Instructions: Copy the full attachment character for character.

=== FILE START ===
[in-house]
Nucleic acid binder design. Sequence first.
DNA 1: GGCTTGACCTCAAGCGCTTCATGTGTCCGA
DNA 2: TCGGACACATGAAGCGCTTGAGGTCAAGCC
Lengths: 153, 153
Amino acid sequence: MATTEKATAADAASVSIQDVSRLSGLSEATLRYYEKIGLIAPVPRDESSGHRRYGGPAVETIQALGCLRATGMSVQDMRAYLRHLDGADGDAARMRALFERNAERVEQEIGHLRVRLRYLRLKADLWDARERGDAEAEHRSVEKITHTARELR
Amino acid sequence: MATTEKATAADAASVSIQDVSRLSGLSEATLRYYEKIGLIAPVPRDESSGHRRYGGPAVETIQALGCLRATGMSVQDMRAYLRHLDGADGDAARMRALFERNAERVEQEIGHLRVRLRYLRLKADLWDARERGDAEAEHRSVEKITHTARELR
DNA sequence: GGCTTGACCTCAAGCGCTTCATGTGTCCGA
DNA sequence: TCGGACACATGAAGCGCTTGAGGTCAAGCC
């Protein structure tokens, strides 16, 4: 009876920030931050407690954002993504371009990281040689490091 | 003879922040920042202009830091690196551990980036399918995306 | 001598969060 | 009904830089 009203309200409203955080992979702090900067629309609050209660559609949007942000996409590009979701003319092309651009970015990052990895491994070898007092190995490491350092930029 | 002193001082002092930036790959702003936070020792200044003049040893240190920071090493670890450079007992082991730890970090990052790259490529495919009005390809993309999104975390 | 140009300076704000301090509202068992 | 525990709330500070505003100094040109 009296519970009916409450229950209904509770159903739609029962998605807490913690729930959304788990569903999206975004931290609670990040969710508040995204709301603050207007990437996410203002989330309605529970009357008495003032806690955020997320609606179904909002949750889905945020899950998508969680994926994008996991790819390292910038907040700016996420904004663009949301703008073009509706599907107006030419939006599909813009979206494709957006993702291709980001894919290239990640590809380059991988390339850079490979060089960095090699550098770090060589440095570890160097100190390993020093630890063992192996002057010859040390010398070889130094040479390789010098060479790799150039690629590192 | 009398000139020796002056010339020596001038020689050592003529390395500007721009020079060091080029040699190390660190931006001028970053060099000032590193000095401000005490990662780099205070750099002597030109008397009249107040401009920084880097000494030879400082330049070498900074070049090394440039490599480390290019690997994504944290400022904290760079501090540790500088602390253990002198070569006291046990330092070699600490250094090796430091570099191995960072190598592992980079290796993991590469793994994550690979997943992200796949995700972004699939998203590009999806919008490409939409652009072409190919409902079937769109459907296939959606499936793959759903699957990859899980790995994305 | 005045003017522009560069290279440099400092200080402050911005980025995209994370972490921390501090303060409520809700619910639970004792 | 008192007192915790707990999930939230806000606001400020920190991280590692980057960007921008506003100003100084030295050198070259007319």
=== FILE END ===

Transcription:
[in-house]
Nucleic acid binder design. Sequence first.
DNA 1: GGCTTGACCTCAAGCGCTTCATGTGTCCGA
DNA 2: TCGGACACATGAAGCGCTTGAGGTCAAGCC
Lengths: 153, 153
Amino acid sequence: MATTEKATAADAASVSIQDVSRLSGLSEATLRYYEKIGLIAPVPRDESSGHRRYGGPAVETIQALGCLRATGMSVQDMRAYLRHLDGADGDAARMRALFERNAERVEQEIGHLRVRLRYLRLKADLWDARERGDAEAEHRSVEKITHTARELR
Amino acid sequence: MATTEKATAADAASVSIQDVSRLSGLSEATLRYYEKIGLIAPVPRDESSGHRRYGGPAVETIQALGCLRATGMSVQDMRAYLRHLDGADGDAARMRALFERNAERVEQEIGHLRVRLRYLRLKADLWDARERGDAEAEHRSVEKITHTARELR
DNA sequence: GGCTTGACCTCAAGCGCTTCATGTGTCCGA
DNA sequence: TCGGACACATGAAGCGCTTGAGGTCAAGCC
């Protein structure tokens, strides 16, 4: 009876920030931050407690954002993504371009990281040689490091 | 003879922040920042202009830091690196551990980036399918995306 | 001598969060 | 009904830089 009203309200409203955080992979702090900067629309609050209660559609949007942000996409590009979701003319092309651009970015990052990895491994070898007092190995490491350092930029 | 002193001082002092930036790959702003936070020792200044003049040893240190920071090493670890450079007992082991730890970090990052790259490529495919009005390809993309999104975390 | 140009300076704000301090509202068992 | 525990709330500070505003100094040109 009296519970009916409450229950209904509770159903739609029962998605807490913690729930959304788990569903999206975004931290609670990040969710508040995204709301603050207007990437996410203002989330309605529970009357008495003032806690955020997320609606179904909002949750889905945020899950998508969680994926994008996991790819390292910038907040700016996420904004663009949301703008073009509706599907107006030419939006599909813009979206494709957006993702291709980001894919290239990640590809380059991988390339850079490979060089960095090699550098770090060589440095570890160097100190390993020093630890063992192996002057010859040390010398070889130094040479390789010098060479790799150039690629590192 | 009398000139020796002056010339020596001038020689050592003529390395500007721009020079060091080029040699190390660190931006001028970053060099000032590193000095401000005490990662780099205070750099002597030109008397009249107040401009920084880097000494030879400082330049070498900074070049090394440039490599480390290019690997994504944290400022904290760079501090540790500088602390253990002198070569006291046990330092070699600490250094090796430091570099191995960072190598592992980079290796993991590469793994994550690979997943992200796949995700972004699939998203590009999806919008490409939409652009072409190919409902079937769109459907296939959606499936793959759903699957990859899980790995994305 | 005045003017522009560069290279440099400092200080402050911005980025995209994370972490921390501090303060409520809700619910639970004792 | 008192007192915790707990999930939230806000606001400020920190991280590692980057960007921008506003100003100084030295050198070259007319």